In various sports media this week, I’ve seen the suggestion a few times that when former Eagles quarterback Donovan McNabb returns to Philadelphia this Sunday, fans there will boo him. I suspect, and certainly I hope, that this will prove an absurdly pessimistic view of Philly sports fans (whose reputation for sourness is deserved, overstated, and in a perverse way a kind of badge of honor which they are constantly trying to justify by bad behavior). Few Philadelphians would really argue that McNabb helped usher in a decade of success for the Eagles, and is empirically the best quarterback the franchise has ever had. He rarely got them over the NFC Championship-game hump, true enough, and never won the big one, but the Eagles won far more games because of McNabb than he lost for them. Indeed, thinking about the offensive weapons the Eagles have now, versus their receiving corps during the 2002 and 2003 seasons, it’s a wonder McNabb got the team as far as he did with James Thrash, Todd Pinkston, and Freddie Mitchell catching balls. (Remember that before McNabb went south to D.C., Thrash did—and on a Redskins team that consistently finished behind the Eagles in the standings and, especially, in offensive statistics, he couldn’t hold on to a receiver spot and was relegated to the special teams.)
And yet, my loyalties on Sunday will be clear and firm. I will be thrilled to see Trent Cole and/or Brandon Graham (or the thrilling new addition Darryl Tapp) bury McNabb, or Asante Samuel step in front of a pass. (Or it would be swell if Nate Allen, whom the Eagles drafted with the second-round pick they got from Washington in the McNabb trade, intercepted McNabb.) I worry about what Washington tight end Chris Cooley might do, covered by the Eagles’ suspect linebacking unit (although Cooley is on my fantasy football team, so you might say my loyalties are divided in this area). But on the whole I am confident, and looking forward to the game for the reasons I usually do: I expect a decisive and satisfying Eagles win.
Two sports-related posts within a single (sports-related) post!
As a kind of follow-up to this post, on the woeful Pittsburgh Pirates, some recent stuff in the news about the team and, especially, the reasons for its awfulness:
–A Slate article asking the question, “Should the Pirates Spend Money to Win Ballgames?” and looking at the ins and outs of how they’d even go about doing that. Fascinating tidbit:
“Sabermetricians . . . have figured out ways to determine how much an individual player’s performance contributes to his team’s victories. Correlating those performance metrics to actual market prices for free agents shows that it costs management something like $5 million to purchase each additional win. (For example, by signing a $10-million-quality free agent, a team might improve its record by two games.)”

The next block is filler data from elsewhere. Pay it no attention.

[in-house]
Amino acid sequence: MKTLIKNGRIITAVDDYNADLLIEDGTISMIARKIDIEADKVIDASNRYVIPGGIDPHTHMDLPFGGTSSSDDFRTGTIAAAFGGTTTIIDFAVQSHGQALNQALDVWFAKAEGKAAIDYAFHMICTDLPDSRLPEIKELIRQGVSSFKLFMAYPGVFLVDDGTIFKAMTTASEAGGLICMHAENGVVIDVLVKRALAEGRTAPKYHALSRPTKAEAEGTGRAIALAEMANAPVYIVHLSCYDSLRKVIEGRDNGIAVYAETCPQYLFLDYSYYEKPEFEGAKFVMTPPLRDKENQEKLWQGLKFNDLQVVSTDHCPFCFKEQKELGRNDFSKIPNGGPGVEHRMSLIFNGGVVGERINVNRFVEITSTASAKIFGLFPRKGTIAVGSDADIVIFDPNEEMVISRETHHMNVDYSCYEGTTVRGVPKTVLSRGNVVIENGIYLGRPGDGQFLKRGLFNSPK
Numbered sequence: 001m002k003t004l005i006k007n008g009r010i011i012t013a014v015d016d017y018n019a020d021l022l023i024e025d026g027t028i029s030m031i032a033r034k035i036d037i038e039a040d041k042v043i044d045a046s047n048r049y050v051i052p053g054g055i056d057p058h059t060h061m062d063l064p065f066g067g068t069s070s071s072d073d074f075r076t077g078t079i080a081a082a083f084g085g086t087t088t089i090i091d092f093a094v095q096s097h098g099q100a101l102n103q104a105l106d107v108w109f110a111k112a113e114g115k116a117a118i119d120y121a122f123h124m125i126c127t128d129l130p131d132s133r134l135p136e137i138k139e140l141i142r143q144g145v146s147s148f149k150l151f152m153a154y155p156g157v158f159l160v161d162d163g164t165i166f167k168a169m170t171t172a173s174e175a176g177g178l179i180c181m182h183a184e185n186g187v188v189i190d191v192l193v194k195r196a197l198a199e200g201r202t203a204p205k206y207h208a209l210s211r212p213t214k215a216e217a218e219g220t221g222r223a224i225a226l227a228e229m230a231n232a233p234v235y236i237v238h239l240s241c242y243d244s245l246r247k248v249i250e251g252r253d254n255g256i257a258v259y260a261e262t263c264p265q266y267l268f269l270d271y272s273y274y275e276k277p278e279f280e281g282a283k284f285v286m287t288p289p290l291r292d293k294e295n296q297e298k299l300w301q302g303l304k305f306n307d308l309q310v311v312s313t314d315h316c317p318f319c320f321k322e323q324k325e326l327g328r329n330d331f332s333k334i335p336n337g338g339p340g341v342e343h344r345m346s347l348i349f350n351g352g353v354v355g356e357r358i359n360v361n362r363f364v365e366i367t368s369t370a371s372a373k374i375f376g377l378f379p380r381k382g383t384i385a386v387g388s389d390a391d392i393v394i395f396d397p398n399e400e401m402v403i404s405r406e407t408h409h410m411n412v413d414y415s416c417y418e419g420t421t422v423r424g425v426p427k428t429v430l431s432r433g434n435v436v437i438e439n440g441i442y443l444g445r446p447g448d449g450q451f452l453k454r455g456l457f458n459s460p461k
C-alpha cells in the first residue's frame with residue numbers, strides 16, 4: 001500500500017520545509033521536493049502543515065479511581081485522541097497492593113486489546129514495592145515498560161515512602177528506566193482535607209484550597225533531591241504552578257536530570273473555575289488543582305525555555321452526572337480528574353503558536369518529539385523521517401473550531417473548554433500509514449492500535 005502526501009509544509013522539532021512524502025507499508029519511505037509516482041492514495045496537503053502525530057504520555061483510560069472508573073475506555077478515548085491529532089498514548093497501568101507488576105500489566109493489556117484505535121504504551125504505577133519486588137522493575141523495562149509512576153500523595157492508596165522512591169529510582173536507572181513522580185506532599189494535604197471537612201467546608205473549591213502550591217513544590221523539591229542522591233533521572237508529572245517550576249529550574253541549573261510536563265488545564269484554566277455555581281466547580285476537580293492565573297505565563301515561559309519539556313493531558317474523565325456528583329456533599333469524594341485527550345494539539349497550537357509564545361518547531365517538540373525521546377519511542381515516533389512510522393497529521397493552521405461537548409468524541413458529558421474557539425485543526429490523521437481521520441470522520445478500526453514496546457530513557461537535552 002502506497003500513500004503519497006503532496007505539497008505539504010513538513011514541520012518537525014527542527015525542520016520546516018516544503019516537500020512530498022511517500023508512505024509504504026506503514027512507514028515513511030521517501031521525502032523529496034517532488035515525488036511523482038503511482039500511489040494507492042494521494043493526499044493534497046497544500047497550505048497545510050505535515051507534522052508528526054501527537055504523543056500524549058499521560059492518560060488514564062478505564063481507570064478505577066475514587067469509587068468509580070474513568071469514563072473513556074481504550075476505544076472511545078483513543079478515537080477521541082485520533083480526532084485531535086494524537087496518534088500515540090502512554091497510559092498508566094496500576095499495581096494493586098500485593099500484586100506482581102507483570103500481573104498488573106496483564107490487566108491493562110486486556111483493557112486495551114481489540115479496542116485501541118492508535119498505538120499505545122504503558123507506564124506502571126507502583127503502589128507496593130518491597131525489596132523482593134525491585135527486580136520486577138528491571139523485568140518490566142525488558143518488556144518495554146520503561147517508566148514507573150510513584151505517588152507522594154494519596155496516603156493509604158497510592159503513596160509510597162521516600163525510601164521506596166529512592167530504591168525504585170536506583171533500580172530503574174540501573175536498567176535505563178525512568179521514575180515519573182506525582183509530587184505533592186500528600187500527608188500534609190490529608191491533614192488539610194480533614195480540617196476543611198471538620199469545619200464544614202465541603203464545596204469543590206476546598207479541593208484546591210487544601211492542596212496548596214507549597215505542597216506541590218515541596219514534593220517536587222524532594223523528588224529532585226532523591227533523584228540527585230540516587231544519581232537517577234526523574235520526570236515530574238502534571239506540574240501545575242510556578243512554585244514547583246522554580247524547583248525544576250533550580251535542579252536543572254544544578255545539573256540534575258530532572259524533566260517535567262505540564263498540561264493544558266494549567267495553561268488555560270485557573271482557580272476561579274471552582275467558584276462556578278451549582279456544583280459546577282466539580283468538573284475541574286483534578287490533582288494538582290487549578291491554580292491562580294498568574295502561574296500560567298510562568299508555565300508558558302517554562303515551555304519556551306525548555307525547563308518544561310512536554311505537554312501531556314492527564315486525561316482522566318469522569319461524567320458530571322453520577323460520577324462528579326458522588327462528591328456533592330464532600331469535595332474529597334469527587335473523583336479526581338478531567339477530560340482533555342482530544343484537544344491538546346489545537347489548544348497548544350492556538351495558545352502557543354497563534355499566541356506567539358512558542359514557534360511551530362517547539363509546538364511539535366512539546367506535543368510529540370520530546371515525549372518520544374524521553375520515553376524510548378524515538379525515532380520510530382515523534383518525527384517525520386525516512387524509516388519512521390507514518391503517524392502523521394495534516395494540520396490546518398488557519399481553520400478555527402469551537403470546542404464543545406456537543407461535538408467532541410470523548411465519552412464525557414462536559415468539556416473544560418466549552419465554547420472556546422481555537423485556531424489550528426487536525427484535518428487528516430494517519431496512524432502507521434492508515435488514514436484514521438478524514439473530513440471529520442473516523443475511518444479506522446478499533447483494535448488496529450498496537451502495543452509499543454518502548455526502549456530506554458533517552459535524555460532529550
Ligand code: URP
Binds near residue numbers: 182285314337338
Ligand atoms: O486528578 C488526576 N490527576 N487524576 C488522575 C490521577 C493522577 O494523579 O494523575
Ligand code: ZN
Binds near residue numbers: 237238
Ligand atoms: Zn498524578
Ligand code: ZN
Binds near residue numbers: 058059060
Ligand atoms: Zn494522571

It does present more of an obvious dilemma for the Pirates’ ownership, as well as casting attention back on the greater disparities among large- and small-market teams within MLB.
Then again, if you’re feeling overly sympathetic, you might look back to the revelations that provided the impetus for the Slate article: leaked financial documents showing that the Pirates, among several other teams (most egregiously the Florida Marlins), made bank despite being among the worst-performing teams.
Moving over to football, I should say by way of preface that there’s only one professional team whose doings I give a fig about: the Philadelphia Eagles. The much-maligned, long-suffering, beleaguered Eagles.
Yet also the perennially in-contention Eagles. It’s true that, at this time of year, hope springs eternal for all 32 teams. Hope seems to be springing a bit too forcefully for the Eagles, by my estimation of their chances this year. Having dealt Donovan McNabb in favor of back-up and heir apparent Kevin Kolb, they’ve been tabbed by many to go through a rebuilding phase this year. I mostly agree with that: I have them finishing in the 8-8 or 9-7 range, and think it’s more likely they’ll finish a game or two below that than above it. And to that I say: That’s life. It’s rare that any team can rebuild on the fly, and still maintain—in spite of what I’ve just said—the chance to surprise people and remain a playoff contender.
That said, I’ve been cheered by reports like this ESPN profile and this Peter King column item that say Kevin Kolb is the real deal. I love that he’s getting this kind of praise, and that by all accounts it’s coming from inside the locker room. But I’ve periodically felt the need to throw cold water on myself, because buying into this sort of sports reportage feels like a shortcut to some kind of jinx: there’ve been so, so many big-money rookies and (as with Kolb, third-year) heirs apparent who’ve been similarly pumped up and anointed, only to fail dramatically or quietly, but in the end to fail, and to slump away into obscurity. Philadelphia, certainly, has had no shortage: Shawn Bradley and Mike Mamula are the first names that come to mind.
I don’t expect failure from Kolb. It’s just that, on the hype versus realistic-attainable-results spectrum, I don’t want to raise my hopes quite so high, at least not yet.
With that said . . .